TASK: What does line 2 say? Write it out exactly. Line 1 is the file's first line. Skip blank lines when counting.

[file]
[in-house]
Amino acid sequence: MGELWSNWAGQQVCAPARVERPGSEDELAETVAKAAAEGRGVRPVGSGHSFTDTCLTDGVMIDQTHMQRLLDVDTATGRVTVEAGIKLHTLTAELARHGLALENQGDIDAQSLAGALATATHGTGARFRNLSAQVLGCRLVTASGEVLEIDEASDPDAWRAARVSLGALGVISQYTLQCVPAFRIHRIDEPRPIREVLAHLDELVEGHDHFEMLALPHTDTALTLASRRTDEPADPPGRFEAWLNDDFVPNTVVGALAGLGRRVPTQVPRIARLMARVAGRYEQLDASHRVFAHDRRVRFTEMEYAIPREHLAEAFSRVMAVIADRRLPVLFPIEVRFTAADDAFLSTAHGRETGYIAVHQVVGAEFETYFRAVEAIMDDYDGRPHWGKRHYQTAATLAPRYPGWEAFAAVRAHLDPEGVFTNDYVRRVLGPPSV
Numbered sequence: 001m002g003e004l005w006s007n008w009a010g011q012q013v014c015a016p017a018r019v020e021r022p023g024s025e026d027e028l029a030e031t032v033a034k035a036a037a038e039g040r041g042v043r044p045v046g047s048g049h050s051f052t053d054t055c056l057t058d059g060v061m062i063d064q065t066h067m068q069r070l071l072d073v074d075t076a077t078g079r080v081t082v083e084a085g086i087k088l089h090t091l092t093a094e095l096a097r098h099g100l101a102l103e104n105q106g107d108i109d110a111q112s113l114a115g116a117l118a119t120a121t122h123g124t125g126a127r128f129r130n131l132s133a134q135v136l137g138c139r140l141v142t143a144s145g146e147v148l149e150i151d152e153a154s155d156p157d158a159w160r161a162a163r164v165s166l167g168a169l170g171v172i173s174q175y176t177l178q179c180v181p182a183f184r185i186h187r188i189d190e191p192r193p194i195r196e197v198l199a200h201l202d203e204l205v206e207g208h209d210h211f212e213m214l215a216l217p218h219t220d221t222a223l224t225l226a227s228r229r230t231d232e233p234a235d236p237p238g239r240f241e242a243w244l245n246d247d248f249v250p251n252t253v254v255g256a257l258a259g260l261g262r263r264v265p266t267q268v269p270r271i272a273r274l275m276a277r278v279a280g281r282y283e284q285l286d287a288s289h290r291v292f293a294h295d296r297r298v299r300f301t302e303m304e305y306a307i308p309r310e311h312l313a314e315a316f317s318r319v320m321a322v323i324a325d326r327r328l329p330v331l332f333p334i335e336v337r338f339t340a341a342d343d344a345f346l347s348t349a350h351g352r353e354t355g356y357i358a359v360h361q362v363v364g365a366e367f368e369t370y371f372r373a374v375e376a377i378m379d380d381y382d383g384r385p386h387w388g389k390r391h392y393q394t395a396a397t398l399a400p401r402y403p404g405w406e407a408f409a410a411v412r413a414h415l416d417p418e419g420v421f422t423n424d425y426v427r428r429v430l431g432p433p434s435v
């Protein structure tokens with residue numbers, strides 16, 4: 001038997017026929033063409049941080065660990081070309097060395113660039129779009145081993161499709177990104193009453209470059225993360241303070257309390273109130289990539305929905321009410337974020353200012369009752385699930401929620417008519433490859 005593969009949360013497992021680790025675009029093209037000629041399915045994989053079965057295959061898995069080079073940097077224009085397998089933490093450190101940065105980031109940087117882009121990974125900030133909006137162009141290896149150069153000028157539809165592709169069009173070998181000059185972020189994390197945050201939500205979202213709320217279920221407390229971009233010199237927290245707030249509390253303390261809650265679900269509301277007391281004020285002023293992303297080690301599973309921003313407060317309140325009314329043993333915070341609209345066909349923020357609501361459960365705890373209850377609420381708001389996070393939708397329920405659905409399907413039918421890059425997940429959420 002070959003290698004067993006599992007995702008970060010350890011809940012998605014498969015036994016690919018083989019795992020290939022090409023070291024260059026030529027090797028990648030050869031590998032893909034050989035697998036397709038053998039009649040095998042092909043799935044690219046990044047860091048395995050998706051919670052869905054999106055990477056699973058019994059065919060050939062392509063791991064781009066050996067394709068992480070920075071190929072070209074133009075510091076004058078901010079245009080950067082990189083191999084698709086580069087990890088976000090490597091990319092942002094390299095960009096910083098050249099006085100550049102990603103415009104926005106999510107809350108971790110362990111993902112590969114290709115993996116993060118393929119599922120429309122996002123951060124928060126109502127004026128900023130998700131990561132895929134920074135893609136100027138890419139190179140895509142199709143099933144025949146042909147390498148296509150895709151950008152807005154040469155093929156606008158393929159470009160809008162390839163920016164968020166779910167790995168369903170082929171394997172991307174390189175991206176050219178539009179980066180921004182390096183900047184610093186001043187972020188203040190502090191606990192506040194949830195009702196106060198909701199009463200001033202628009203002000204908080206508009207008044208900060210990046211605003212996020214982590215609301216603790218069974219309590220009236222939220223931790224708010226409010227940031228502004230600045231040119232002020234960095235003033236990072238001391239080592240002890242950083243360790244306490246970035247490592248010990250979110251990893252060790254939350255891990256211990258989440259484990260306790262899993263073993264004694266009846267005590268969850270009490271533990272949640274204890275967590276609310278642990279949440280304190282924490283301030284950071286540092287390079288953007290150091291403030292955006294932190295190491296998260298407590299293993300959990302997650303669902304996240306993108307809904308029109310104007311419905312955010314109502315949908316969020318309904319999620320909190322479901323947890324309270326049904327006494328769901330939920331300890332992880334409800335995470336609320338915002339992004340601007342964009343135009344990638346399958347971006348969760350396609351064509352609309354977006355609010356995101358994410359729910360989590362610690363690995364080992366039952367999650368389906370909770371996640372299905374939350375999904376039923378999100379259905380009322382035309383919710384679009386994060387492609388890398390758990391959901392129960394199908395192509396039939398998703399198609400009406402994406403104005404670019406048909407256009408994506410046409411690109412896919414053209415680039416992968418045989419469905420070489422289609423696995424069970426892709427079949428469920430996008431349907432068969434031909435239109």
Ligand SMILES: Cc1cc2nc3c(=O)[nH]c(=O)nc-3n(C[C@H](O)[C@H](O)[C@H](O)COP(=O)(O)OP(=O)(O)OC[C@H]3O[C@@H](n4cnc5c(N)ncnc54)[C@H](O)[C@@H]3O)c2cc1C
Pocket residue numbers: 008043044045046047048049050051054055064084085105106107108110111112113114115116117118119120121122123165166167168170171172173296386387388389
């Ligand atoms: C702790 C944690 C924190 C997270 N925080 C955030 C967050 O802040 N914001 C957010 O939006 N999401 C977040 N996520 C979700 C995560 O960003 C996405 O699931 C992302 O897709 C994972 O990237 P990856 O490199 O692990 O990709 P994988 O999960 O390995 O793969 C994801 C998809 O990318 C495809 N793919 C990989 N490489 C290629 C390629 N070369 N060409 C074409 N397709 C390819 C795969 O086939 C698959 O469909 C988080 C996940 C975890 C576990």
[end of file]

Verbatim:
Amino acid sequence: MGELWSNWAGQQVCAPARVERPGSEDELAETVAKAAAEGRGVRPVGSGHSFTDTCLTDGVMIDQTHMQRLLDVDTATGRVTVEAGIKLHTLTAELARHGLALENQGDIDAQSLAGALATATHGTGARFRNLSAQVLGCRLVTASGEVLEIDEASDPDAWRAARVSLGALGVISQYTLQCVPAFRIHRIDEPRPIREVLAHLDELVEGHDHFEMLALPHTDTALTLASRRTDEPADPPGRFEAWLNDDFVPNTVVGALAGLGRRVPTQVPRIARLMARVAGRYEQLDASHRVFAHDRRVRFTEMEYAIPREHLAEAFSRVMAVIADRRLPVLFPIEVRFTAADDAFLSTAHGRETGYIAVHQVVGAEFETYFRAVEAIMDDYDGRPHWGKRHYQTAATLAPRYPGWEAFAAVRAHLDPEGVFTNDYVRRVLGPPSV